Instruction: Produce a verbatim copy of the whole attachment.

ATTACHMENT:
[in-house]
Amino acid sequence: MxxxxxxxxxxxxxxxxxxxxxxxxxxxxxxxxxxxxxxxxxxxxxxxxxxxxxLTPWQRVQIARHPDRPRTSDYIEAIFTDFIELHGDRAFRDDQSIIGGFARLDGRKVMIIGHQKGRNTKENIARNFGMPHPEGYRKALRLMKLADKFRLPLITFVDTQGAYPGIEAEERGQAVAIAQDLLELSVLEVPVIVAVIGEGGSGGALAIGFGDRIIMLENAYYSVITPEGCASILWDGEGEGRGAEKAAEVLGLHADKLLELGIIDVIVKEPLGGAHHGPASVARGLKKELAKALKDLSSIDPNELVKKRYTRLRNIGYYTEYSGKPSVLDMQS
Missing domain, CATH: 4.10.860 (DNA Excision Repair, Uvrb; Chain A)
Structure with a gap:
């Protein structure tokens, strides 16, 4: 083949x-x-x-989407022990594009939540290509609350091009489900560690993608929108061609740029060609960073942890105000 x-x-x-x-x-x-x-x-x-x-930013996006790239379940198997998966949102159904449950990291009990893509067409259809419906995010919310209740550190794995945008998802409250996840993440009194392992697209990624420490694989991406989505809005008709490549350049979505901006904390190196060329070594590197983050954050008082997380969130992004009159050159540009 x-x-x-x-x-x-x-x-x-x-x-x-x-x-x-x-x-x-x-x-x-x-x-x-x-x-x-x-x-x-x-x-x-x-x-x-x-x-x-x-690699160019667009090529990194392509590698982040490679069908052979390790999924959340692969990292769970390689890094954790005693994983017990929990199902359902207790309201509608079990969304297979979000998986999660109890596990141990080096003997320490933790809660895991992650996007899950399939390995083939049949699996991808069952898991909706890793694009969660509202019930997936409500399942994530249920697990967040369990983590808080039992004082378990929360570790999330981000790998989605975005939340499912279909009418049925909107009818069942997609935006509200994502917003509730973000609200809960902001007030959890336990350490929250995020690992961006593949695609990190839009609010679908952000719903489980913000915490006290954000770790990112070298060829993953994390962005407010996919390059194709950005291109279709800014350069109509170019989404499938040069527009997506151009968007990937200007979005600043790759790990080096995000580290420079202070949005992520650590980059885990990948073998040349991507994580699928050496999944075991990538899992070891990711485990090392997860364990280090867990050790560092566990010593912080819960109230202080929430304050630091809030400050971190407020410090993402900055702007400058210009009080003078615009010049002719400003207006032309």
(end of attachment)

[in-house]
Amino acid sequence: MxxxxxxxxxxxxxxxxxxxxxxxxxxxxxxxxxxxxxxxxxxxxxxxxxxxxxLTPWQRVQIARHPDRPRTSDYIEAIFTDFIELHGDRAFRDDQSIIGGFARLDGRKVMIIGHQKGRNTKENIARNFGMPHPEGYRKALRLMKLADKFRLPLITFVDTQGAYPGIEAEERGQAVAIAQDLLELSVLEVPVIVAVIGEGGSGGALAIGFGDRIIMLENAYYSVITPEGCASILWDGEGEGRGAEKAAEVLGLHADKLLELGIIDVIVKEPLGGAHHGPASVARGLKKELAKALKDLSSIDPNELVKKRYTRLRNIGYYTEYSGKPSVLDMQS
Missing domain, CATH: 4.10.860 (DNA Excision Repair, Uvrb; Chain A)
Structure with a gap:
């Protein structure tokens, strides 16, 4: 083949x-x-x-989407022990594009939540290509609350091009489900560690993608929108061609740029060609960073942890105000 x-x-x-x-x-x-x-x-x-x-930013996006790239379940198997998966949102159904449950990291009990893509067409259809419906995010919310209740550190794995945008998802409250996840993440009194392992697209990624420490694989991406989505809005008709490549350049979505901006904390190196060329070594590197983050954050008082997380969130992004009159050159540009 x-x-x-x-x-x-x-x-x-x-x-x-x-x-x-x-x-x-x-x-x-x-x-x-x-x-x-x-x-x-x-x-x-x-x-x-x-x-x-x-690699160019667009090529990194392509590698982040490679069908052979390790999924959340692969990292769970390689890094954790005693994983017990929990199902359902207790309201509608079990969304297979979000998986999660109890596990141990080096003997320490933790809660895991992650996007899950399939390995083939049949699996991808069952898991909706890793694009969660509202019930997936409500399942994530249920697990967040369990983590808080039992004082378990929360570790999330981000790998989605975005939340499912279909009418049925909107009818069942997609935006509200994502917003509730973000609200809960902001007030959890336990350490929250995020690992961006593949695609990190839009609010679908952000719903489980913000915490006290954000770790990112070298060829993953994390962005407010996919390059194709950005291109279709800014350069109509170019989404499938040069527009997506151009968007990937200007979005600043790759790990080096995000580290420079202070949005992520650590980059885990990948073998040349991507994580699928050496999944075991990538899992070891990711485990090392997860364990280090867990050790560092566990010593912080819960109230202080929430304050630091809030400050971190407020410090993402900055702007400058210009009080003078615009010049002719400003207006032309």